June 2010

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Labor Market Information


Wyoming Unemployment Rate Decreases Again in April 2010

The Research & Planning section of the Wyoming Department of Employment has reported that for the third month in a row, the state's seasonally adjusted1 unemployment rate decreased. Wyoming's unemployment rate was 7.6% in January and has steadily decreased to 7.1% in April. Nonfarm job losses have slowed in recent months.

Over the year, total nonfarm employment decreased by 6,200 jobs (-2.2%).Construction posted the largest job losses (-1,900 jobs, or -8.2%) followed by leisure & hospitality (-1,800 jobs, or -6.0%). Job losses were also seen in other services (-1,100 jobs, or -9.2%), natural resources & mining (-1,000 jobs, or -3.9%), professional & business services (-700 jobs, or -4.1%), and financial activities (-400 jobs, or -3.6%). Employment increased slightly in manufacturing (500 jobs, or 5.6%), educational & health services (500 jobs, or 2.0%), and government (200 jobs, or 0.3%).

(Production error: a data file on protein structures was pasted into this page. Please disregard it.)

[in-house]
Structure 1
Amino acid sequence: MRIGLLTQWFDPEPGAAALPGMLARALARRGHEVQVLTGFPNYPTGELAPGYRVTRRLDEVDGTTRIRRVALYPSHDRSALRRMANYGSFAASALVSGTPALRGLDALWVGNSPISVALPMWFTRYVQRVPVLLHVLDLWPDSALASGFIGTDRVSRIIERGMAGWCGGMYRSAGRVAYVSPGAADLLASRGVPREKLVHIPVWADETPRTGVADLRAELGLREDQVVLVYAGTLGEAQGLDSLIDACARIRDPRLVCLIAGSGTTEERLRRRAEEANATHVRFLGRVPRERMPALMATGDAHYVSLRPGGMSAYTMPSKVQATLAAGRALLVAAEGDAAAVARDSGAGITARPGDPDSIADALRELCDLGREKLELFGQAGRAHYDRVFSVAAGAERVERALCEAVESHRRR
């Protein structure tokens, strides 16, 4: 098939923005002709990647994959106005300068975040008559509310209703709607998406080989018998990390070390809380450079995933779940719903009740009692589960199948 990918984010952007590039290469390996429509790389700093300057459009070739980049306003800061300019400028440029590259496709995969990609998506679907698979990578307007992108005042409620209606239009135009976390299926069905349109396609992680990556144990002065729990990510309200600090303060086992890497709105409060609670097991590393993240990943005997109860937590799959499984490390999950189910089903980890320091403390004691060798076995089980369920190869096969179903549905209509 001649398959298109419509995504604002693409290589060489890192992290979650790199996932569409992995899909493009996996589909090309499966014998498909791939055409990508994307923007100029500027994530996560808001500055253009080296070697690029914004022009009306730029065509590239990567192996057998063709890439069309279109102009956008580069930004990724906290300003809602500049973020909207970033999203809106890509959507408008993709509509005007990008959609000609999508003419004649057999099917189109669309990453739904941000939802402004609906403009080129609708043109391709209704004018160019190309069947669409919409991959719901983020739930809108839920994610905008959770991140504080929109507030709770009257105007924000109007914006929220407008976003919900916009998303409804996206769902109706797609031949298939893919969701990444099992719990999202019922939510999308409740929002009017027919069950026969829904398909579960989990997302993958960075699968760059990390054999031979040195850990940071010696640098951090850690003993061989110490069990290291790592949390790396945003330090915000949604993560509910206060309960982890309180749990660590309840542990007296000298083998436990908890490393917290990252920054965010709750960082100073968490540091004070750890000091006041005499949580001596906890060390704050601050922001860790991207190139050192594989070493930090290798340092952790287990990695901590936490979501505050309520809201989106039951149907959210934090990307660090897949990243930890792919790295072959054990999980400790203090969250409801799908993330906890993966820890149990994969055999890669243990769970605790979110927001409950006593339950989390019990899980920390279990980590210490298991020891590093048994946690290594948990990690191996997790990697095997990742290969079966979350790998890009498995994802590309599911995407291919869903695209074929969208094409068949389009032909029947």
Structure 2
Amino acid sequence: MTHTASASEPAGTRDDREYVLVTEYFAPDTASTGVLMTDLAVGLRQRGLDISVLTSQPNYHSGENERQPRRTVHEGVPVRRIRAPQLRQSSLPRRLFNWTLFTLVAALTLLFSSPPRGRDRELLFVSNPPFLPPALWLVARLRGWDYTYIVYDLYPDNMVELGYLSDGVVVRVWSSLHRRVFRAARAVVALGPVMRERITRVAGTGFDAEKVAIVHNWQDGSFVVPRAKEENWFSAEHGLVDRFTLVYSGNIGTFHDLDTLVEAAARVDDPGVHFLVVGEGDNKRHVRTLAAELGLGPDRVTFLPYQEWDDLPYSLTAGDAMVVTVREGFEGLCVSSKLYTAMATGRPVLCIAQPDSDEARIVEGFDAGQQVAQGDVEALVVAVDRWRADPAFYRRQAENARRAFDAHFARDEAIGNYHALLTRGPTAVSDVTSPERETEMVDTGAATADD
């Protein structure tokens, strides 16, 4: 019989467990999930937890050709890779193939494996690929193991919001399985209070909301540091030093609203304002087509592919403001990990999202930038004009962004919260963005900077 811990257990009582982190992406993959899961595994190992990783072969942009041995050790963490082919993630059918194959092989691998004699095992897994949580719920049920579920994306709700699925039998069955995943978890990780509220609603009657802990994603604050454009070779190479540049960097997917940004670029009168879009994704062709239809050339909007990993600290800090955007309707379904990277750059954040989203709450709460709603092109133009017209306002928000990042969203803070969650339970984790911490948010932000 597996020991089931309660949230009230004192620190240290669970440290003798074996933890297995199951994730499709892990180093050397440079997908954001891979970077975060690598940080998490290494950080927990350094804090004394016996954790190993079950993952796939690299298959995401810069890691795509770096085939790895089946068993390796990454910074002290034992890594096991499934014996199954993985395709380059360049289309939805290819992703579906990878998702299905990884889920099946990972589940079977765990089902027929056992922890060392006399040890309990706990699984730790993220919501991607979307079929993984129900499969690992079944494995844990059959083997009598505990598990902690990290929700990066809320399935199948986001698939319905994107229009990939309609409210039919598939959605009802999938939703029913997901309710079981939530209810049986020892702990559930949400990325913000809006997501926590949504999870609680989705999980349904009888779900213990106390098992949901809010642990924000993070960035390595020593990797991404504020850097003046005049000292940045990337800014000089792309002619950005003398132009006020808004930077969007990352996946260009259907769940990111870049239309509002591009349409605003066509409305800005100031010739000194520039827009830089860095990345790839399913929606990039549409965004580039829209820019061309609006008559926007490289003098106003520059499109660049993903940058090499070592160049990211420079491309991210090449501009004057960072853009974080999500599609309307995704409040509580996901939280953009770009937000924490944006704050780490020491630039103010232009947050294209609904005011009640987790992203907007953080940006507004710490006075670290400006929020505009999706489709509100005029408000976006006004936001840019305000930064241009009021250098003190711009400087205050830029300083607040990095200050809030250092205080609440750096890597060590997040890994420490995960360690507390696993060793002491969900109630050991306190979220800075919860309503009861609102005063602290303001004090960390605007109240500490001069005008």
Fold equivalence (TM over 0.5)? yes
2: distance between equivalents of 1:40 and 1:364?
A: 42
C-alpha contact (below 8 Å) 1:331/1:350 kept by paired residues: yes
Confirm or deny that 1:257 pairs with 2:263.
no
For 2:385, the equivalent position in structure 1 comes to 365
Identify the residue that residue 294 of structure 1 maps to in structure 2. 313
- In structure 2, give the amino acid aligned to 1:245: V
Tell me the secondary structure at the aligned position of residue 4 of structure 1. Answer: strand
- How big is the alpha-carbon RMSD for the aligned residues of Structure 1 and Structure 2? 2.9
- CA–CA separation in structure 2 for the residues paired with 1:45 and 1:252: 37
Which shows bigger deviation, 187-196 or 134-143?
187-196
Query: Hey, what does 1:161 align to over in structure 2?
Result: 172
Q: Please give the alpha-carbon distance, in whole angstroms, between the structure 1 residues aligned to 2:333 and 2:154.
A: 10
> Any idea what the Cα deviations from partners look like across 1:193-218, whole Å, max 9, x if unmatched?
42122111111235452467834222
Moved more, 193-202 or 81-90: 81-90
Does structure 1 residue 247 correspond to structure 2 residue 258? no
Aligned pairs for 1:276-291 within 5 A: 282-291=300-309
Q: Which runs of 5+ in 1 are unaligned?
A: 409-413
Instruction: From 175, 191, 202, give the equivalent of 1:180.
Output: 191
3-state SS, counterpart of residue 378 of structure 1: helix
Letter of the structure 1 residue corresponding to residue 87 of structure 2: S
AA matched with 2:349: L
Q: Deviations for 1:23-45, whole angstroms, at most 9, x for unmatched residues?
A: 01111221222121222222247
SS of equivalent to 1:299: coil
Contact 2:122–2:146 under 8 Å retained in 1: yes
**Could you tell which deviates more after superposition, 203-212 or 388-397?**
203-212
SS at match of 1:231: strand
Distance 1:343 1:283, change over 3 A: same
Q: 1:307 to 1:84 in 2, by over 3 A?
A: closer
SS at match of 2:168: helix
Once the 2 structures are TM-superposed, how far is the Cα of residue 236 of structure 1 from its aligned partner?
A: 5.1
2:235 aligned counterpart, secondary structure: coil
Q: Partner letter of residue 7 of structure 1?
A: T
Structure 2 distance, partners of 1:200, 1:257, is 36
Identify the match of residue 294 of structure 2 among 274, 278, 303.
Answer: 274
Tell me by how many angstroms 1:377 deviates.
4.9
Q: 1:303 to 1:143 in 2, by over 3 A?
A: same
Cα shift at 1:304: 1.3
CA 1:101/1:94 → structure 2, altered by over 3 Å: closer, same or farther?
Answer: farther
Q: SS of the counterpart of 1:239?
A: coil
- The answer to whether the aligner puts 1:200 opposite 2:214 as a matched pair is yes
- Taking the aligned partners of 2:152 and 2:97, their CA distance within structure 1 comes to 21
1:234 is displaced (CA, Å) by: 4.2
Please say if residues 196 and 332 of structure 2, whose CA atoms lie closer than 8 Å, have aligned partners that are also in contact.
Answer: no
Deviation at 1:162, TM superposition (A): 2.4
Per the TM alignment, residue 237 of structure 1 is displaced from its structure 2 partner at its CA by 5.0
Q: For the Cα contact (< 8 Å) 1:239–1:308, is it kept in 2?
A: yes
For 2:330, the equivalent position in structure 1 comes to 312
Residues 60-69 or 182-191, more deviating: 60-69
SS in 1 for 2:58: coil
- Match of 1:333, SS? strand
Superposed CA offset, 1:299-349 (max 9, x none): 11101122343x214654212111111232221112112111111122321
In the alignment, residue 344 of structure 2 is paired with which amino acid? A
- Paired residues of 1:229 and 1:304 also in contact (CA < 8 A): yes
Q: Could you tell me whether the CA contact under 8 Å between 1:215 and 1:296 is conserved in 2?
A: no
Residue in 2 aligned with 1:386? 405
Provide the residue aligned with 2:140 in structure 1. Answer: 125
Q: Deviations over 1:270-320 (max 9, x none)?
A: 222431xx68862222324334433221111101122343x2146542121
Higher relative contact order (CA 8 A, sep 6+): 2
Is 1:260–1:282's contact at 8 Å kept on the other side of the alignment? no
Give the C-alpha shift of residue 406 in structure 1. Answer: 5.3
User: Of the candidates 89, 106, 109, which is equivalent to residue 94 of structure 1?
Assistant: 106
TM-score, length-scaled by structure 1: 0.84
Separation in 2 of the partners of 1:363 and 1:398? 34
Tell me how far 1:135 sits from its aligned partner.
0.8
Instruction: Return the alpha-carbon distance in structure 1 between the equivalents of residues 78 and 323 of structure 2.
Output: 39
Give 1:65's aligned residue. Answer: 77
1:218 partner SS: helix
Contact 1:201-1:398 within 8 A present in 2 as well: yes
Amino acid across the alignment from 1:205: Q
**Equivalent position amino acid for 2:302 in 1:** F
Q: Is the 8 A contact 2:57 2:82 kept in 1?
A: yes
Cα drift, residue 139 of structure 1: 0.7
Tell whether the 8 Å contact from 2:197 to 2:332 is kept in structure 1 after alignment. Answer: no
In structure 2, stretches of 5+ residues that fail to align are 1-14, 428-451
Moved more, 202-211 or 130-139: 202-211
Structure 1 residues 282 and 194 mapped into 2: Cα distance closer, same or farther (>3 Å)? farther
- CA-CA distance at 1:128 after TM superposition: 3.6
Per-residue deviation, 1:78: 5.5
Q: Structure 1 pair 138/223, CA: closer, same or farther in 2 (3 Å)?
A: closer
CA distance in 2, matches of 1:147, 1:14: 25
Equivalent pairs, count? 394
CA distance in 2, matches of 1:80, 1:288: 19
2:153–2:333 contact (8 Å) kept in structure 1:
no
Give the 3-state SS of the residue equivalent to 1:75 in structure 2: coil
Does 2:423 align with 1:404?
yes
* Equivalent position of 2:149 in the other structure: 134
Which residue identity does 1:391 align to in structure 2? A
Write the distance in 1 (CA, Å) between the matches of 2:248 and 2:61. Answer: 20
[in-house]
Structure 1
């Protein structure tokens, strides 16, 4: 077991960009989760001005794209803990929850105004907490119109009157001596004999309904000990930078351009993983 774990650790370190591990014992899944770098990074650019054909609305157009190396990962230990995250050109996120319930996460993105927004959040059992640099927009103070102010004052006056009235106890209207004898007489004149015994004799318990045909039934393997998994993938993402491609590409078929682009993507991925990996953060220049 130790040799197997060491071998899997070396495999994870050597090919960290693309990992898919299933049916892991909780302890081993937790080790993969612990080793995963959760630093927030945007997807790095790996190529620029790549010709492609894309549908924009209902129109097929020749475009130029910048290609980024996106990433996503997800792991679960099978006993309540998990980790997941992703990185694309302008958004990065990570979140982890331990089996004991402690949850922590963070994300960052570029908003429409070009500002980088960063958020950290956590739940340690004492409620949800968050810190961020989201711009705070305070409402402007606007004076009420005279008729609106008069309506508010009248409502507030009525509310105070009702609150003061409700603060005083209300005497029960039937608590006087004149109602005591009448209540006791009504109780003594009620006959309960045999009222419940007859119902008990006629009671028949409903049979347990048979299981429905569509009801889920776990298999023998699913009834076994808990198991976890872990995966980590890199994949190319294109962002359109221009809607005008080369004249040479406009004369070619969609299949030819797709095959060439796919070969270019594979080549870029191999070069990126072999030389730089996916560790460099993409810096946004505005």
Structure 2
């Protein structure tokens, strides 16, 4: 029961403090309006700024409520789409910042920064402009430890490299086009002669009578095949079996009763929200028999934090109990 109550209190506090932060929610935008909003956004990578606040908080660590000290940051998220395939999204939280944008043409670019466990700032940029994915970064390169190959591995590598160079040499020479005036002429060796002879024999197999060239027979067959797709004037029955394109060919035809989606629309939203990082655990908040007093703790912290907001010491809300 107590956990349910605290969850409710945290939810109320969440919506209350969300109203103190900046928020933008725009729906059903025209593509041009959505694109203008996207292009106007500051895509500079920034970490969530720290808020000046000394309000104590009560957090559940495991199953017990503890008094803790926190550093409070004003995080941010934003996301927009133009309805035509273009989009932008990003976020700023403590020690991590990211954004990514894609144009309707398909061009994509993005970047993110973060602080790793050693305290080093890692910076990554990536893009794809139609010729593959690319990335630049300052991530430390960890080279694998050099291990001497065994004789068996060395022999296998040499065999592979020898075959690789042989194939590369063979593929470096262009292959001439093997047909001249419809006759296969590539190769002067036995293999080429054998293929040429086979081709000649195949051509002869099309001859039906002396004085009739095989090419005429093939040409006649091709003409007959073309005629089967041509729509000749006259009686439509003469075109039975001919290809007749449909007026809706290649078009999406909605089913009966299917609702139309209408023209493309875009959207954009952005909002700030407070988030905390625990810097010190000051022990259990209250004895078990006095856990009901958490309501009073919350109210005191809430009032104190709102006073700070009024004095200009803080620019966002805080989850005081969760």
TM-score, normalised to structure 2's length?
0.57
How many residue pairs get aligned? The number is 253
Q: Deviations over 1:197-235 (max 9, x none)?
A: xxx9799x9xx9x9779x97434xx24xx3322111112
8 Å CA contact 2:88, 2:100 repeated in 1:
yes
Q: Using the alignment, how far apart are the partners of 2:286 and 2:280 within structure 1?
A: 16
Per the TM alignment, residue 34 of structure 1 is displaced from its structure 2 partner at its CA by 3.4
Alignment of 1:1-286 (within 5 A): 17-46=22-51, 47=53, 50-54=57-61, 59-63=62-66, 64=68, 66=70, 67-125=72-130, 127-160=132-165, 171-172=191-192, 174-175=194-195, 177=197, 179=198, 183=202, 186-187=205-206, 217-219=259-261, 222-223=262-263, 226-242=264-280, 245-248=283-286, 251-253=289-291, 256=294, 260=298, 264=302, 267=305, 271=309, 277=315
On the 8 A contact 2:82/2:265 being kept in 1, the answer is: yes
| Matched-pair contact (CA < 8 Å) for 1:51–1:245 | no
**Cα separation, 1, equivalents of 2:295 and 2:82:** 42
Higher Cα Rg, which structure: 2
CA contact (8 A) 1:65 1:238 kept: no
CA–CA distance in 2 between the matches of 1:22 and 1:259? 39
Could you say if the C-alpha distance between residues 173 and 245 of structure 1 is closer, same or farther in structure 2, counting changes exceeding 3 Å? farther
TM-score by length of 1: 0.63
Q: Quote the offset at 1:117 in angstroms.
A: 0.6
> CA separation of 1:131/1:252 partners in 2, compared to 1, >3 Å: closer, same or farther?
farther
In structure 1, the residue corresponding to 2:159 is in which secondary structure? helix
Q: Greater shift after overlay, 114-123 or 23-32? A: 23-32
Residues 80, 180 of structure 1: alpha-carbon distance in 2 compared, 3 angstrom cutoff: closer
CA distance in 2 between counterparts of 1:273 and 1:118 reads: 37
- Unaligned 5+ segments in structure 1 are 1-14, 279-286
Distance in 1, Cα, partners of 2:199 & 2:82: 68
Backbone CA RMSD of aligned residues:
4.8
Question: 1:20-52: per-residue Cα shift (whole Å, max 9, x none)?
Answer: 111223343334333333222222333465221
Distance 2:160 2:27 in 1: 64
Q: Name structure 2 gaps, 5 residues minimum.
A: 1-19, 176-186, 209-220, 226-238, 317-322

From March to April, Wyoming added 2,300 jobs (0.8%). This level of increase is consistent with normal seasonal patterns. The largest job gains occurred in construction (2,400 jobs, or 12.7%) followed by professional & business services (600 jobs, or 3.8%), natural resources & mining (200 jobs, or 0.8%), retail trade (200 jobs, or 0.7%), educational & health services (200 jobs, or 0.8%), and other services (200 jobs, or 1.9%). Over-the-month job losses were seen in leisure & hospitality (-1,000 jobs, or -3.4%) and government (-500 jobs, or -0.7%).

Most county unemployment rates followed their normal seasonal pattern and decreased from March to April. Teton County posted the highest unemployment rate (12.3%) followed by Lincoln (10.5%), Johnson (8.5%), and Fremont (8.0%) counties. In two counties (Big Horn and Hot Springs) unemployment rates were lower than in April 2009.

1    Seasonal adjustment is a statistical procedure to remove the impact of normal regularly recurring events (such as weather, major holidays, and the opening and closing of schools) from economic time series in order to obtain a better understanding of changes in economic conditions from month to month.

Last modified by Michael Moore.